Saturday, 1 July 2000

Carrock Fell

Carrock Fell seen from Murrah
Height: 663m (2,175ft)
Prominence: 91m (299ft)
Region: Northern Fells
Classifications: Hewitt, Nuttall, Wainwright, Birkett
Summit feature: Small cairn on rock outcrop
Times climbed: 1
Related trip report:
Carrock Fell, High Pike & Knott - 13/02/2016
Carrock Fell's summit cairn
What Wainwright said:

"This rough little height is, first and foremost, a very rich geological field, for here the extensive area of Skiddaw slates and shales, abruptly terminates against a rugged upthrust of igneous or volcanic rocks. Carrock Fell is something of a rebel, a nonconformist, the odd man out - it would look more at home at the head of Borrowdale or Langdale amongst others of like kind".

Carrock Fell is situated in the northern region of the Lake District. The fell's name means "Rock Fell", from the Cumbric carrec, meaning a rock, and Old Norse fjall, meaning a fell.

Carrock Fell’s geology is unique in the Lake District in that it is predominantly composed of Gabbro, a rough igneous rock that also makes up the famous Black Cuillin on the Isle of Skye. Gabbro is an excellent rock for climbers and Carrock Fell offers the only rock climbing of quality in the northern fells.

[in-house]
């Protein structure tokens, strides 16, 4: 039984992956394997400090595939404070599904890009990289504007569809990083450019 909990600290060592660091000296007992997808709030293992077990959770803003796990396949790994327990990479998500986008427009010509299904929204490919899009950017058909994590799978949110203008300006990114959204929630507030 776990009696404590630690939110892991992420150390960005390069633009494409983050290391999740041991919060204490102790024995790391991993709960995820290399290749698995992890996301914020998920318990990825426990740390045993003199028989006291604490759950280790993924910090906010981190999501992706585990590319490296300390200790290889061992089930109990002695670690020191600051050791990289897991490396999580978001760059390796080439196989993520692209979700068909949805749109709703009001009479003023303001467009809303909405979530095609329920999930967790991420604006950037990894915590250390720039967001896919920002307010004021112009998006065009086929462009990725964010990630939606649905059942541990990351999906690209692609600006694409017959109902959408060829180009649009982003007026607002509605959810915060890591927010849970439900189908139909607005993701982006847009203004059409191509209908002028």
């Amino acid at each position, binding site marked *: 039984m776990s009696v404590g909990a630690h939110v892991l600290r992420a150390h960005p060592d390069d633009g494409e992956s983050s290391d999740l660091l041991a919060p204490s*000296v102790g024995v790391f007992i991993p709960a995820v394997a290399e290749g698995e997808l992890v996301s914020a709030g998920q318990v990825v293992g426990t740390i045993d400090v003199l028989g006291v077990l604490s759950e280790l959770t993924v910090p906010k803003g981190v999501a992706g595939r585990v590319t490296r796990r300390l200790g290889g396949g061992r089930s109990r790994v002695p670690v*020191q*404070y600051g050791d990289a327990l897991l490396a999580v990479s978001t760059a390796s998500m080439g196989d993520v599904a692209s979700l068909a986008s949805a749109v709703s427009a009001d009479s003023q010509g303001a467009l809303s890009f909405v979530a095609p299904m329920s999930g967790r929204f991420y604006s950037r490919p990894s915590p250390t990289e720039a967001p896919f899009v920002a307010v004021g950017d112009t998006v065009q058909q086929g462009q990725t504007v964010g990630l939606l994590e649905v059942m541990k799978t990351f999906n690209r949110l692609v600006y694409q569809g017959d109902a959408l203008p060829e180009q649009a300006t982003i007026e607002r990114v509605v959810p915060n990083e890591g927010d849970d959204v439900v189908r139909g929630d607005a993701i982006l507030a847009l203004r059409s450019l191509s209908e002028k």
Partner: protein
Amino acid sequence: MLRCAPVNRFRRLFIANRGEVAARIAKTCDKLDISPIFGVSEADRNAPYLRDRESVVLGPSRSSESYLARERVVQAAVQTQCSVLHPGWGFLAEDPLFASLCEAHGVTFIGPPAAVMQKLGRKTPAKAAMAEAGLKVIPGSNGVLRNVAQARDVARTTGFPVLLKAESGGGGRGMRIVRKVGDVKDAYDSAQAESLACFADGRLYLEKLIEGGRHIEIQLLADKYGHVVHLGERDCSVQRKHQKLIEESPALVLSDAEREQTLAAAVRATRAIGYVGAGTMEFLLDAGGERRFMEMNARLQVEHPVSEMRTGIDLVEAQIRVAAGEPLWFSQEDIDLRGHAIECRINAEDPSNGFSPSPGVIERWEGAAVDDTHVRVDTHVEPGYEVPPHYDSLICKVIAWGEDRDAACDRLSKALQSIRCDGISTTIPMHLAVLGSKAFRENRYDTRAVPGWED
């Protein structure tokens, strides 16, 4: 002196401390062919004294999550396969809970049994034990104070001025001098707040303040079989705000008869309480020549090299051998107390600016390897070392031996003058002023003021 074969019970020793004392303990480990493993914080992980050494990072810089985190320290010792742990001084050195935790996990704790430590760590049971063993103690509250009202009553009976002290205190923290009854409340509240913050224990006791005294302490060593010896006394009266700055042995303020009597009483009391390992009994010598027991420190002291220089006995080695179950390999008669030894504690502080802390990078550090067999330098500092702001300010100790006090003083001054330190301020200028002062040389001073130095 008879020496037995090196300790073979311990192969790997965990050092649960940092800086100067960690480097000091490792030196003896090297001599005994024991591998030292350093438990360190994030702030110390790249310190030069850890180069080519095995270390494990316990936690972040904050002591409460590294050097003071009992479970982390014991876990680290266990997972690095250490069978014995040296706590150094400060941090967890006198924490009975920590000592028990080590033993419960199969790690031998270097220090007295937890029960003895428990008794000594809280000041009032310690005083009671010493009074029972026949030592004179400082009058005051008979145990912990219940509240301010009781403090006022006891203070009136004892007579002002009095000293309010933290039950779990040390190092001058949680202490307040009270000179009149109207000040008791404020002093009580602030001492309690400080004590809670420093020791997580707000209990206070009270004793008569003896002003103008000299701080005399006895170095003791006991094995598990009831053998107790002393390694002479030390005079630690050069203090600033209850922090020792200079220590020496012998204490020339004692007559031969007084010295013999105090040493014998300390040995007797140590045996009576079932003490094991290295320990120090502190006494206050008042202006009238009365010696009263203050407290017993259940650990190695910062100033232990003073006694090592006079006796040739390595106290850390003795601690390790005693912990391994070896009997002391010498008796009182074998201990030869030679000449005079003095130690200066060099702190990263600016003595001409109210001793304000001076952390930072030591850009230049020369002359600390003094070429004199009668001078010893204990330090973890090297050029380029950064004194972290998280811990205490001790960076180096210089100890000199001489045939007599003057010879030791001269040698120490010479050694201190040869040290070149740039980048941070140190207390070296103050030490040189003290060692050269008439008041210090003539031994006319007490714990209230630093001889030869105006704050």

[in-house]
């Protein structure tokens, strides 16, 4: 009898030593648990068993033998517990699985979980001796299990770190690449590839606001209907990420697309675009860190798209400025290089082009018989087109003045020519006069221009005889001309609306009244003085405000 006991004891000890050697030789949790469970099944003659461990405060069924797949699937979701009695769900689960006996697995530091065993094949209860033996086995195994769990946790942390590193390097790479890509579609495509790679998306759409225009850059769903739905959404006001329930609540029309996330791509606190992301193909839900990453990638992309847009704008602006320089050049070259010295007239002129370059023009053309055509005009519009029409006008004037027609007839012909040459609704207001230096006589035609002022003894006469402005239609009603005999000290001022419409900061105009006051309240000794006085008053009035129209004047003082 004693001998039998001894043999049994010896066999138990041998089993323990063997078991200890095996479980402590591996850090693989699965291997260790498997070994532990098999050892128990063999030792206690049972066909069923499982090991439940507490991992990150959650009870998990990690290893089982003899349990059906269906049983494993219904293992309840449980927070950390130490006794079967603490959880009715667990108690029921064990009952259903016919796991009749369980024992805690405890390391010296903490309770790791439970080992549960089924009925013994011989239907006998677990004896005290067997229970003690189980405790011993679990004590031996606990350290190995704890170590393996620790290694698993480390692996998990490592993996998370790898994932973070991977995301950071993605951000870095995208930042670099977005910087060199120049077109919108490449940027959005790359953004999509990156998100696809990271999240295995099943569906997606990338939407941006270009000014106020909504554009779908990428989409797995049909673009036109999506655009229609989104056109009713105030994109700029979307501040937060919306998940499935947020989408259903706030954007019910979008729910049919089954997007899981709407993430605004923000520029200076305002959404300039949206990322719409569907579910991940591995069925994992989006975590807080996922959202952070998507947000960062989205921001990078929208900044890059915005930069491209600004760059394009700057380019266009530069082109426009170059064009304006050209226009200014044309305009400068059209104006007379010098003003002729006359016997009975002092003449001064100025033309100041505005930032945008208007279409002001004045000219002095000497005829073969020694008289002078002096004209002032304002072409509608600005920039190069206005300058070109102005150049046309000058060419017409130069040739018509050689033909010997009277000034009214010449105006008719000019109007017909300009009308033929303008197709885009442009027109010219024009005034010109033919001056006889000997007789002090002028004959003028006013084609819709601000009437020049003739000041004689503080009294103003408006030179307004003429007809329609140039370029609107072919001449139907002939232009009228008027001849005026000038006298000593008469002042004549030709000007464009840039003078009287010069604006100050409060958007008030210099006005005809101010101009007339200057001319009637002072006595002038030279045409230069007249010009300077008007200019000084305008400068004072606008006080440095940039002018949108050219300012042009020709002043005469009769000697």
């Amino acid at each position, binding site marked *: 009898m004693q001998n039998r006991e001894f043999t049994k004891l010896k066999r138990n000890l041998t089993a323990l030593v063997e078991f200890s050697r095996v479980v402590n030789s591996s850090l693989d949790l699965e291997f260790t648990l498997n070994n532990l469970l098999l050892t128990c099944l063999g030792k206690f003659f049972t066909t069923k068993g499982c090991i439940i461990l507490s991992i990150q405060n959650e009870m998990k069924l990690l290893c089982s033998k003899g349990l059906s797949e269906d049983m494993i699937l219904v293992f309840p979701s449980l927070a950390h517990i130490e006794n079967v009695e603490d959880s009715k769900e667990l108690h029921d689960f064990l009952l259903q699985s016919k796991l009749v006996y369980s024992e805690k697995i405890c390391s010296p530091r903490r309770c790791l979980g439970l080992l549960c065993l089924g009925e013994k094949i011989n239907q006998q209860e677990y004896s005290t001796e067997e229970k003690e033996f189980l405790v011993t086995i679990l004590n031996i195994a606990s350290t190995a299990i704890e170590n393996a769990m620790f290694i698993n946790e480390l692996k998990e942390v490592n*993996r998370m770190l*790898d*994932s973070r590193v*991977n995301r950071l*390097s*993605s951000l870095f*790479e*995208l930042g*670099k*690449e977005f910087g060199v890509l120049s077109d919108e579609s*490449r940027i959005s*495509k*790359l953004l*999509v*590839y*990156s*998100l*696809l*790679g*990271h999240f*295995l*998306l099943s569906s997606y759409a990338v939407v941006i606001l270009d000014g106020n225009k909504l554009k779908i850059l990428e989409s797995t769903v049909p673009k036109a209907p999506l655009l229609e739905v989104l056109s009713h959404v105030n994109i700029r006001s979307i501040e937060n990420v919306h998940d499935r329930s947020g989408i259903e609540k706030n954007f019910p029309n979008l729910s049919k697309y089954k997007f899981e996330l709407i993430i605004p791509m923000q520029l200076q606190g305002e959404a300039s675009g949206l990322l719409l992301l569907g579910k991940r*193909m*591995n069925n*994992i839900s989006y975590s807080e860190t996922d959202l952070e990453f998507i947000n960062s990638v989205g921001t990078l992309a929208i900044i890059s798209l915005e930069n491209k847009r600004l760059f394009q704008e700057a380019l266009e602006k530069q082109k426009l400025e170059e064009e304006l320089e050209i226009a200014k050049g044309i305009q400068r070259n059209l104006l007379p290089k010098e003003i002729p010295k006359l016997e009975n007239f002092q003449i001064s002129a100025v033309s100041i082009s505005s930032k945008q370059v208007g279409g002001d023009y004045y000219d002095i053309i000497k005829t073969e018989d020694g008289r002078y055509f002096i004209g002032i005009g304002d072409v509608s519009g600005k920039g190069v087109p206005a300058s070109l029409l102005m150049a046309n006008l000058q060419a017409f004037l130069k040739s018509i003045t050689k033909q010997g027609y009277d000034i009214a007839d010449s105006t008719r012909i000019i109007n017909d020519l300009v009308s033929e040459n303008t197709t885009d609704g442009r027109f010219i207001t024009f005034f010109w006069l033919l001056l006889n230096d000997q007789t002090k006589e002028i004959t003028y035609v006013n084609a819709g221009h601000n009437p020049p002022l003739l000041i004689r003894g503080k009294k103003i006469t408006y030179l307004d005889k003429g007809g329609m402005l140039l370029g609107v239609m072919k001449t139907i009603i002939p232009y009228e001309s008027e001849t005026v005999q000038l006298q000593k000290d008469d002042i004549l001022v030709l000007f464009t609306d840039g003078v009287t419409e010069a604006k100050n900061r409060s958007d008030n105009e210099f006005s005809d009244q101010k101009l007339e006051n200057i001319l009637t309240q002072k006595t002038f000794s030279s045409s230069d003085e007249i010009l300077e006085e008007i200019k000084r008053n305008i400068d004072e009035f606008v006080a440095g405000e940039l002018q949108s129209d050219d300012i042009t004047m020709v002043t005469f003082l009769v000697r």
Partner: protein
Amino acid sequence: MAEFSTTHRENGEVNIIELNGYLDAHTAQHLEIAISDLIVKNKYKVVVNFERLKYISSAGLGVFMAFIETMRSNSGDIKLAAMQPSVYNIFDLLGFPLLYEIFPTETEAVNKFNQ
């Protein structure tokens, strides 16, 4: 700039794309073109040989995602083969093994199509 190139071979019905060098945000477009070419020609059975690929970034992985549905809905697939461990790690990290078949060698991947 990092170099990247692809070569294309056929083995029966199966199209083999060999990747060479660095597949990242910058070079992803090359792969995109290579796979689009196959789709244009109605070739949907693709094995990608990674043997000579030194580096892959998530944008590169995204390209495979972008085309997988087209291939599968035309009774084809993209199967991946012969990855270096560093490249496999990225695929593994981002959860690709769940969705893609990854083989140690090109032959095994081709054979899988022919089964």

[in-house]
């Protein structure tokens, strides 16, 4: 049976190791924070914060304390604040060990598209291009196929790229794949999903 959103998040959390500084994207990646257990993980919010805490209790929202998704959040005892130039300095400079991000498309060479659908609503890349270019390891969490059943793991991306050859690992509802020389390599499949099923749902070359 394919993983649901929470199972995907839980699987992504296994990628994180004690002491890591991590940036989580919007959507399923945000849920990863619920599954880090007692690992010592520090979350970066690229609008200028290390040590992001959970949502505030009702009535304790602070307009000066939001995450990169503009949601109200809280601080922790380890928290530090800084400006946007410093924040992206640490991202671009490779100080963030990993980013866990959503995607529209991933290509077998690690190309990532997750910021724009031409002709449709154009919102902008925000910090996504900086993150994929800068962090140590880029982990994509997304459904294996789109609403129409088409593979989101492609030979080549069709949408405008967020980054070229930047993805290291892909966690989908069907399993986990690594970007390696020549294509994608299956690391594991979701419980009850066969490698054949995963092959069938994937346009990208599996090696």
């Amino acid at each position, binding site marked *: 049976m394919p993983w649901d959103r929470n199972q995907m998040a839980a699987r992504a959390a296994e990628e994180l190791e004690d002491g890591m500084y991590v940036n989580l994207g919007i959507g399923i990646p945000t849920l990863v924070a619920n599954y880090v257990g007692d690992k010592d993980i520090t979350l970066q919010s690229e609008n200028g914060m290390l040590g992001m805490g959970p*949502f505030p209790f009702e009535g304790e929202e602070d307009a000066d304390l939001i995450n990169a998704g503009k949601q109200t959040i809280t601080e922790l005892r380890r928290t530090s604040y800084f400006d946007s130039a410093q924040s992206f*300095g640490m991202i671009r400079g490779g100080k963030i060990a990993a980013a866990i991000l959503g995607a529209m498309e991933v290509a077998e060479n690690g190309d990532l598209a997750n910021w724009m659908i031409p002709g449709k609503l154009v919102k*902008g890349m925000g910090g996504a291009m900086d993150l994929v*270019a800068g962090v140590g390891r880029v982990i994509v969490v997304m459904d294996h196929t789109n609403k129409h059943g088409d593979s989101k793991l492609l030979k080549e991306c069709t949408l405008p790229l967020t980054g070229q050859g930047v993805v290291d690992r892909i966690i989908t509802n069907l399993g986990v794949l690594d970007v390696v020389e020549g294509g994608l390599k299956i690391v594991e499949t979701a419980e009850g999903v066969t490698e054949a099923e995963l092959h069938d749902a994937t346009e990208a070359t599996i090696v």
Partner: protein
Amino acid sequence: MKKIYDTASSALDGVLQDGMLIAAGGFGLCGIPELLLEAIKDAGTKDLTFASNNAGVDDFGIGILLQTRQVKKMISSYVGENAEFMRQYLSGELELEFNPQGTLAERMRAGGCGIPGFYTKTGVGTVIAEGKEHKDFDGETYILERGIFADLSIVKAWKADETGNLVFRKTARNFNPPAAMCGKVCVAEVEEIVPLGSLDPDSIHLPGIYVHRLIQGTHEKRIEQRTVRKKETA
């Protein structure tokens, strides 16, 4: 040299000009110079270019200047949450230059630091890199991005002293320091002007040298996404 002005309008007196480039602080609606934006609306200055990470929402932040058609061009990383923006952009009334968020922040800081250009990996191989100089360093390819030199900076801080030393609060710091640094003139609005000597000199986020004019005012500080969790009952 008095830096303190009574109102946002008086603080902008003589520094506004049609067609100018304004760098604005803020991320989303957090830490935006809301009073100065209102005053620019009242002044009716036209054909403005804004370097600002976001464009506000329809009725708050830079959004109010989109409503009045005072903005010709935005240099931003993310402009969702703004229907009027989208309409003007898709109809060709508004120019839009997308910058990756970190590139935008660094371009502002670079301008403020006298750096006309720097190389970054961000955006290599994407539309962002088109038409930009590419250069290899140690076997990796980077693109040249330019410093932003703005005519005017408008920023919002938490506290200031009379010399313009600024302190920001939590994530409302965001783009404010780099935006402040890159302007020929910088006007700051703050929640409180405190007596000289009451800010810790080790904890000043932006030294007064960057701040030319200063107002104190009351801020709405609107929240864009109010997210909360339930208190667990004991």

The fell is rich in mineral ores and has been mined extensively for many centuries with tungsten, lead, arsenic and iron all being extracted from the fell. The most famous mine on the fell was the Carrock Mine, the only source of tungsten in Britain outside of Devon and Cornwall. The mine closed in the early 1980s and in 1988 the site was bulldozed and landscaped to its original outline.

Carrock Fell is also the site of an Iron Age hill fort which crowns the summit. Only the foundations of the walls remain. The fort is oval shaped and is believed to have been built by the Celts and destroyed by the Romans in their conquest of northern England.

Return to Lake District – Northern Fells